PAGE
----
As I tore off my February calendar this month and looked at what is coming in March (and ‘admired’ all of the meetings and appointments and trips and things I had conquered), I began thinking about just how routine my life can be: Mondays: Work, practice, grad class; Tuesdays: Work, practice, basketball game; Wednesday: Work, practice, run errands, go to the gym; Thursdays: Work, practice, teach dance; Fridays: Work, practice, basketball game. No matter what the week, there is always something going on. I am really good at creating structure and routine and rigidity in my life, because it is safe and predictable. So, looking at my March calendar, quite emptier than the last month’s, is a little daunting and uncomfortable for me.
Recently, I took up a couple of new hobbies that are far out of my element: skiing and horseback riding. And, through both of these activities, I have made some profound conclusions about life (or at least I tend to think so…).
I started riding horses again with my sister last year. Up until this point, my life was devoted to school and dance, so that never left much room for other hobbies. On our first trail ride together, I got up on the horse and we started trotting along. While I was deep in conversation with my sister, I tried turning the horse to the right and he started backing up. I started freaking out, was about ready to jump off, when my sister told me, “Britany, that is because you are making him go backwards. Loosen the reigns”. Oh yeah. Riding horses has taught me to not only take personal accountability on the horse, but also in life. The horse is trained to listen to me, so when he does something I don’t want him to do, I have to take a step back and think about what I might be doing wrong. This translates in my job as well; if multiple students don’t understand an assignment or write something incorrectly, I have to take personal accountability and think about how I gave directions or explained the assignment could have been a cause for their misunderstanding.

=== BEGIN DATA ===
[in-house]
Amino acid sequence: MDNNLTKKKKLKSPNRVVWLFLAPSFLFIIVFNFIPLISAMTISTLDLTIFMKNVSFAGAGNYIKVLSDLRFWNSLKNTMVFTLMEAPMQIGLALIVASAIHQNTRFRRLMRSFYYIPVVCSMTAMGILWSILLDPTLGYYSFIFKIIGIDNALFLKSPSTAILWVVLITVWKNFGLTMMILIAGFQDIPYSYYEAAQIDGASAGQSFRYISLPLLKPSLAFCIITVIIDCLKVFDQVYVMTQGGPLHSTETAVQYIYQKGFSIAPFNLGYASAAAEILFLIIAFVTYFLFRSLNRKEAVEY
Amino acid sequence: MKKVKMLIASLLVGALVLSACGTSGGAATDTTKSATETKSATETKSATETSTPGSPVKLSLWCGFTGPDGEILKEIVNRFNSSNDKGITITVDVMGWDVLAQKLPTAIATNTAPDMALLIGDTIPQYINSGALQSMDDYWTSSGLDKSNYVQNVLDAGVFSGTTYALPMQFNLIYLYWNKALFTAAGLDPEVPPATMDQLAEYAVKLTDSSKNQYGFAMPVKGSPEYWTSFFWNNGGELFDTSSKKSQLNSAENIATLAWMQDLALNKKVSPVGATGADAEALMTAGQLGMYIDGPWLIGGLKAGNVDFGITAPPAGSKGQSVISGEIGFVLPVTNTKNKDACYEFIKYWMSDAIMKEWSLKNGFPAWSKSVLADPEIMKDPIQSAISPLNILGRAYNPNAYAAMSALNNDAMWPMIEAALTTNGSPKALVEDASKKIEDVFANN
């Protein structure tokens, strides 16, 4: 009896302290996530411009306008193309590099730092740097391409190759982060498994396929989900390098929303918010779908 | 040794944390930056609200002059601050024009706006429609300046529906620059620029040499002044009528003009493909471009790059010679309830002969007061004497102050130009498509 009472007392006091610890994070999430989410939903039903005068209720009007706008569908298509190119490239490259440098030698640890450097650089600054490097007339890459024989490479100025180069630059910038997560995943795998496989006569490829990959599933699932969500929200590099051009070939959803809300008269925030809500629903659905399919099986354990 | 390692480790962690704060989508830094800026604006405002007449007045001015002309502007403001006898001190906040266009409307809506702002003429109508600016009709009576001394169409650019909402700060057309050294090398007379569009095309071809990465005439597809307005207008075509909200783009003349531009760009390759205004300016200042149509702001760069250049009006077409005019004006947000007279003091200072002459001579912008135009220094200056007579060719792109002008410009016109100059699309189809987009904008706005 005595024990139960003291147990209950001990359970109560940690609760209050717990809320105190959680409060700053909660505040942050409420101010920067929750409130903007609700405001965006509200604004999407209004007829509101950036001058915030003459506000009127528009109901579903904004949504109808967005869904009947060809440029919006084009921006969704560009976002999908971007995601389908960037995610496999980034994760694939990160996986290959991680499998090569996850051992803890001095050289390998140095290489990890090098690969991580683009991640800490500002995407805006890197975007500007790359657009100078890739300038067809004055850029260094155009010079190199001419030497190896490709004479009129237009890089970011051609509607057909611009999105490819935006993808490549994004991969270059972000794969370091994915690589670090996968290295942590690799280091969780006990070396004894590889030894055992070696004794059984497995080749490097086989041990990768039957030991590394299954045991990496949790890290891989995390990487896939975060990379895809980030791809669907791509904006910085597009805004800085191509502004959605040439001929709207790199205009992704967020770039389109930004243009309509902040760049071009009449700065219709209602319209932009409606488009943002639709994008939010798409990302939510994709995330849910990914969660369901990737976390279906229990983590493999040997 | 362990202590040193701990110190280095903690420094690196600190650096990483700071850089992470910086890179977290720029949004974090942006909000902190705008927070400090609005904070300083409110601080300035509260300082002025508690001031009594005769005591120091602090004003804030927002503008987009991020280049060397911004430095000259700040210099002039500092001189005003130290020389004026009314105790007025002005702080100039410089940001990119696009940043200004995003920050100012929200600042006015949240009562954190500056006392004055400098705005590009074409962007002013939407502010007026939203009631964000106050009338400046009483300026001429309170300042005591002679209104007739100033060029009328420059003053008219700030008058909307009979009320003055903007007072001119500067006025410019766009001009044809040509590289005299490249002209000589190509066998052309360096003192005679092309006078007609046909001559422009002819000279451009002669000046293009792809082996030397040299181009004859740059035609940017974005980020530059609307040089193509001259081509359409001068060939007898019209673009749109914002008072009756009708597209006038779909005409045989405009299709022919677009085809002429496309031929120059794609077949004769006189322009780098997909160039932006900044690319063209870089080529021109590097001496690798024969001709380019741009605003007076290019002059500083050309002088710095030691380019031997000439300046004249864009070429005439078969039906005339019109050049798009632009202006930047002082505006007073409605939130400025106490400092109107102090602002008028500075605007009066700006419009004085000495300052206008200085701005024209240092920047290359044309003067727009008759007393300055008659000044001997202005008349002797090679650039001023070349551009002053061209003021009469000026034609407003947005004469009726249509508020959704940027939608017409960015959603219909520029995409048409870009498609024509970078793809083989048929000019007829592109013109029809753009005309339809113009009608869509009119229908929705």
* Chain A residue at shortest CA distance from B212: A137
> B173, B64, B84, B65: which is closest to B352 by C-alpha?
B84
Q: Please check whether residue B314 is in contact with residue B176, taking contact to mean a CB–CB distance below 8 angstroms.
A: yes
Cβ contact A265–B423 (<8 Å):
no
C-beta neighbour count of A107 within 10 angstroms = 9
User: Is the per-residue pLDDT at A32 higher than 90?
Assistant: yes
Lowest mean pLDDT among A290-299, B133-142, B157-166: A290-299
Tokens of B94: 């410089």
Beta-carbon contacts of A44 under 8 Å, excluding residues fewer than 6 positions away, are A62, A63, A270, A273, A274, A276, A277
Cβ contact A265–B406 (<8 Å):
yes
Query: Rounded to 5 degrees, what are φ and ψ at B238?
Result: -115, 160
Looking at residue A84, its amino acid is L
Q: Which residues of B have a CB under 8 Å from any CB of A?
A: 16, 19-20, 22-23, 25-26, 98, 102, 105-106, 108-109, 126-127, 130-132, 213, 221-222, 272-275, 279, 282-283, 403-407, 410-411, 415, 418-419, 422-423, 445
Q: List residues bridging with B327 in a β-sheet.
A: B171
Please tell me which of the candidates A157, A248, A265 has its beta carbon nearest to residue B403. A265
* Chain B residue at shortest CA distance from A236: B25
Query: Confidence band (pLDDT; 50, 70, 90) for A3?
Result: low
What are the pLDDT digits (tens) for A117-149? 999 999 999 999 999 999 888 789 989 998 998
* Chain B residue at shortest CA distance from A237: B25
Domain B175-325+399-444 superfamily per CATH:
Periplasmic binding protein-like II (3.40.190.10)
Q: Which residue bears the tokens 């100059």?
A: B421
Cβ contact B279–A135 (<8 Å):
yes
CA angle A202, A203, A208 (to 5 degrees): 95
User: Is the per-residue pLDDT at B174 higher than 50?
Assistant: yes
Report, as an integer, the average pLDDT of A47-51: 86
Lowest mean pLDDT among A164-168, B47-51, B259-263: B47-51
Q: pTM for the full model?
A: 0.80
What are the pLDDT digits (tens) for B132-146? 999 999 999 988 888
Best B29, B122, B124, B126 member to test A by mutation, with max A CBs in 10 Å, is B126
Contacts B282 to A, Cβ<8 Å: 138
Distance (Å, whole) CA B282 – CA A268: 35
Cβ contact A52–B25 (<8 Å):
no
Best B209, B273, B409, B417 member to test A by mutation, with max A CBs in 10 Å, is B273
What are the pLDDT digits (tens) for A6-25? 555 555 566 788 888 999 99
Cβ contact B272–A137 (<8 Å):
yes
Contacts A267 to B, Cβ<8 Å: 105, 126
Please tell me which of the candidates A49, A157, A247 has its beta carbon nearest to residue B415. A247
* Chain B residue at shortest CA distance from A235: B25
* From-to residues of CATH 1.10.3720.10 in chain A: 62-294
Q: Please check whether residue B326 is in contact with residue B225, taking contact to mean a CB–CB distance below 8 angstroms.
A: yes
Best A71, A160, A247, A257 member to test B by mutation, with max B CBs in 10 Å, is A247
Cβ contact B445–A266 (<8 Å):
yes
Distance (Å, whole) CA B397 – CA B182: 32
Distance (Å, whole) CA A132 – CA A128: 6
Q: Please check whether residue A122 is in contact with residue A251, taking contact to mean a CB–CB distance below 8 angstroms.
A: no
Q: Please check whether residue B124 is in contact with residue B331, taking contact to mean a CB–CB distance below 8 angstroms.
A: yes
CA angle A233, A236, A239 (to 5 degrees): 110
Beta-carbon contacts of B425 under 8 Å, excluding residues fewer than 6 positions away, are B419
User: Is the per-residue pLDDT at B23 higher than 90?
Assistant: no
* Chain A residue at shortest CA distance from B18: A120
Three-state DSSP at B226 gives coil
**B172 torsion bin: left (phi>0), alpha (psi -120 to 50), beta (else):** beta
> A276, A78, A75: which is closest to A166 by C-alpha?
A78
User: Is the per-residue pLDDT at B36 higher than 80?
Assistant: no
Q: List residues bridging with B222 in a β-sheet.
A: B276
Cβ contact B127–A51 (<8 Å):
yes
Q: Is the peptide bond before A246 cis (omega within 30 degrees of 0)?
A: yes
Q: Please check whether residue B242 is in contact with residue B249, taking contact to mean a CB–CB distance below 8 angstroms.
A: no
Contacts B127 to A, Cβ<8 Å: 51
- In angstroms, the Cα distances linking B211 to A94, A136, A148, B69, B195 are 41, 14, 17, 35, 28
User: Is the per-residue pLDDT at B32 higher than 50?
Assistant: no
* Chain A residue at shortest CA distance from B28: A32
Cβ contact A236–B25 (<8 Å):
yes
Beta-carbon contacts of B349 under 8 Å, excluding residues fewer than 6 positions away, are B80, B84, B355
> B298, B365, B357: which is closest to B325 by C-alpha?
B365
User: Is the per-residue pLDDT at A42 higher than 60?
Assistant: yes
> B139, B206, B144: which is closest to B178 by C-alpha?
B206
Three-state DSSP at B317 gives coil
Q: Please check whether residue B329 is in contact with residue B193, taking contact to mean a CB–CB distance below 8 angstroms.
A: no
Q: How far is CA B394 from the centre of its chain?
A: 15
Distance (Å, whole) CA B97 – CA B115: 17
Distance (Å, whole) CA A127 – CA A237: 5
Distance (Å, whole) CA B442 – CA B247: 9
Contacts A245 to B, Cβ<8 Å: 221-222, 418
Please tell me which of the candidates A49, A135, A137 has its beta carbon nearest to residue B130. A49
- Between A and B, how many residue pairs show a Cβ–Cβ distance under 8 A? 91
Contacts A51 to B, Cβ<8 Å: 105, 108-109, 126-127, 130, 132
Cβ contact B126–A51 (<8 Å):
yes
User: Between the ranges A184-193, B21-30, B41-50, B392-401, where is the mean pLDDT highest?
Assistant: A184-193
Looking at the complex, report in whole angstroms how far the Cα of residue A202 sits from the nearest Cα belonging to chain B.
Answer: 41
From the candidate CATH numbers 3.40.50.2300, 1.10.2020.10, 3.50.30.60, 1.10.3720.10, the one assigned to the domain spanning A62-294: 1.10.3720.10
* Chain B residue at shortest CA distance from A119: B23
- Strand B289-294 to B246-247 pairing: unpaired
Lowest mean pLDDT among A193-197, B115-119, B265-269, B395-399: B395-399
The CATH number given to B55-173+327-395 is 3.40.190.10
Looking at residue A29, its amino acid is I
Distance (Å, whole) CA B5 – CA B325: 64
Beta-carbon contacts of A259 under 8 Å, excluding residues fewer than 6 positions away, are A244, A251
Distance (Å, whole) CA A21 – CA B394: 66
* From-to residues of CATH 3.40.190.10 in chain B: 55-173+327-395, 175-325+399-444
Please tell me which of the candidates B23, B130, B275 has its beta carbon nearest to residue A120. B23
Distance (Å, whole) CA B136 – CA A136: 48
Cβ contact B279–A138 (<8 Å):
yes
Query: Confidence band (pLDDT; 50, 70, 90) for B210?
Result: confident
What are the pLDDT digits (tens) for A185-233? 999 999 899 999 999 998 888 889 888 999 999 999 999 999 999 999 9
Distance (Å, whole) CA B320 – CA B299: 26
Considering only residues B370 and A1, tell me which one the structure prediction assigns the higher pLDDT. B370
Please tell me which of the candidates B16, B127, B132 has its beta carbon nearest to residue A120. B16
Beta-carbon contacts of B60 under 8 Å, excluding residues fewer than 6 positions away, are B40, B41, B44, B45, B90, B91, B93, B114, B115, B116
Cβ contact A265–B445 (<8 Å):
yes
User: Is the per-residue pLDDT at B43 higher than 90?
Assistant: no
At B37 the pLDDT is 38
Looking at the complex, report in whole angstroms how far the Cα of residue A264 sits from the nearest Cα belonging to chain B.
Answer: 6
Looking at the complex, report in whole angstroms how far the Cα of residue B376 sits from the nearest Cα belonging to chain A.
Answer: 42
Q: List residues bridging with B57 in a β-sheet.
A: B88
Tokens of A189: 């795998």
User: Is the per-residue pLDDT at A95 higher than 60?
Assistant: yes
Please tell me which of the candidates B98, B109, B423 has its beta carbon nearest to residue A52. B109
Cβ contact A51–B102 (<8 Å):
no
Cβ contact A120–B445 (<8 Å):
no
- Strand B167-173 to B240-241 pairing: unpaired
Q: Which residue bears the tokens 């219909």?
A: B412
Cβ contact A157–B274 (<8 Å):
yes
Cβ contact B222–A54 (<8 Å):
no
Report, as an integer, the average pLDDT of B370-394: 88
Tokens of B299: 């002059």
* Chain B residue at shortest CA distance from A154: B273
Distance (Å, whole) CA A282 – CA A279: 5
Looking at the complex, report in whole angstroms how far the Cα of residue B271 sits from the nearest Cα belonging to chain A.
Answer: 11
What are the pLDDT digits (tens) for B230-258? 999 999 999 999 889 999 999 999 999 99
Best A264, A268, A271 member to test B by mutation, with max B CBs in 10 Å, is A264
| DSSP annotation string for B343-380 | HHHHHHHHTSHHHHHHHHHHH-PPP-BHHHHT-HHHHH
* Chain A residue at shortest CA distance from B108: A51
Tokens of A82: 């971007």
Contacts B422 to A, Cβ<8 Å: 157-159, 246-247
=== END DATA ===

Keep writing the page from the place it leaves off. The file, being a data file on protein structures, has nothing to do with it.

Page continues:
Skiing has taught me to that, at times, it is necessary to live your life fearlessly. As a person who has a tendency to be an over-thinker, getting on the chairlift is a really scary endeavor, because I go through in my head all the possible things that could go wrong: I could wipe out and lose my glove and suffer from hyperthermia the rest of the day; someone could come crashing into me and break my neck and I can’t work for nine months; I could pass out from dehydration on top of the mountain and go tumbling down, etc. But, I have learned that, when you are engaging in these kind of dangerous sports, you have to go fearlessly; you can’t predict all the bad things that could happen and, in fact, if you are too scared, you are probably going to get hurt. So, you have to learn to relax and put yourself out of your element.
I think it is really healthy to put ourselves outside of our elements, because it causes us to learn things about ourselves and the world. This week, my class read a short story called, “There Will Come Soft Rains” by Ray Bradbury. I am sure you have never read the story before, but it is about a post-atomic bomb ‘smart house’ that continues it’s everyday routine despite the fact that the people are gone. It sounds an alarm, makes them breakfast, cleans up, opens the garage door, greets them for social time, reads a daily poem before bed, etc. We had a very nice discussion about the benefits and drawbacks of technology: we value technology in our society; it is “the wave of the future”, because it makes us “more progressive”. However, on the same capacity, we rely so heavily on technology that, if something happens to it, we probably could not take care of ourselves. Think about the times that your internet goes out, or you lose your cell phone, or your robo-vacuum clogs. Technology can put us in a monotonous routine, where we walk around like zombies and we don’t ever really take stock of the world, because it is already done for us. Someone else has already thought about that and how to make our lives easier.
One goal I am setting for myself is to continue putting myself out of my element. It is dangerous, yes, and very scary, but I hope very worthwhile.